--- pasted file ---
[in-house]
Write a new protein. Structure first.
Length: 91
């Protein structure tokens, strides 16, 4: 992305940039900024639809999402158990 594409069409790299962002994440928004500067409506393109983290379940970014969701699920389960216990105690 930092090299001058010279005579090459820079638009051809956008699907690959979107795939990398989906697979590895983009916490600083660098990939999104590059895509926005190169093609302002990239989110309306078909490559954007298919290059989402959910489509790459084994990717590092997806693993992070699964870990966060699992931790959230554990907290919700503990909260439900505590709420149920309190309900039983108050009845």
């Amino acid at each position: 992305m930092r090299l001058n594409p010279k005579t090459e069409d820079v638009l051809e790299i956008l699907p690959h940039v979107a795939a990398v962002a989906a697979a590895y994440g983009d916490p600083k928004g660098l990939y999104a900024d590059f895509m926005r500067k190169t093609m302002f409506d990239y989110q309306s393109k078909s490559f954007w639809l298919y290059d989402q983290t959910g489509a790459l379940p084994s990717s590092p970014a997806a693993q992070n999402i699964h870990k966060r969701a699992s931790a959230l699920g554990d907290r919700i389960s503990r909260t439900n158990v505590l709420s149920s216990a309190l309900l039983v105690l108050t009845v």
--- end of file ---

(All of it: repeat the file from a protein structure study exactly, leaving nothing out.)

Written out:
[in-house]
Write a new protein. Structure first.
Length: 91
């Protein structure tokens, strides 16, 4: 992305940039900024639809999402158990 594409069409790299962002994440928004500067409506393109983290379940970014969701699920389960216990105690 930092090299001058010279005579090459820079638009051809956008699907690959979107795939990398989906697979590895983009916490600083660098990939999104590059895509926005190169093609302002990239989110309306078909490559954007298919290059989402959910489509790459084994990717590092997806693993992070699964870990966060699992931790959230554990907290919700503990909260439900505590709420149920309190309900039983108050009845």
């Amino acid at each position: 992305m930092r090299l001058n594409p010279k005579t090459e069409d820079v638009l051809e790299i956008l699907p690959h940039v979107a795939a990398v962002a989906a697979a590895y994440g983009d916490p600083k928004g660098l990939y999104a900024d590059f895509m926005r500067k190169t093609m302002f409506d990239y989110q309306s393109k078909s490559f954007w639809l298919y290059d989402q983290t959910g489509a790459l379940p084994s990717s590092p970014a997806a693993q992070n999402i699964h870990k966060r969701a699992s931790a959230l699920g554990d907290r919700i389960s503990r909260t439900n158990v505590l709420s149920s216990a309190l309900l039983v105690l108050t009845v």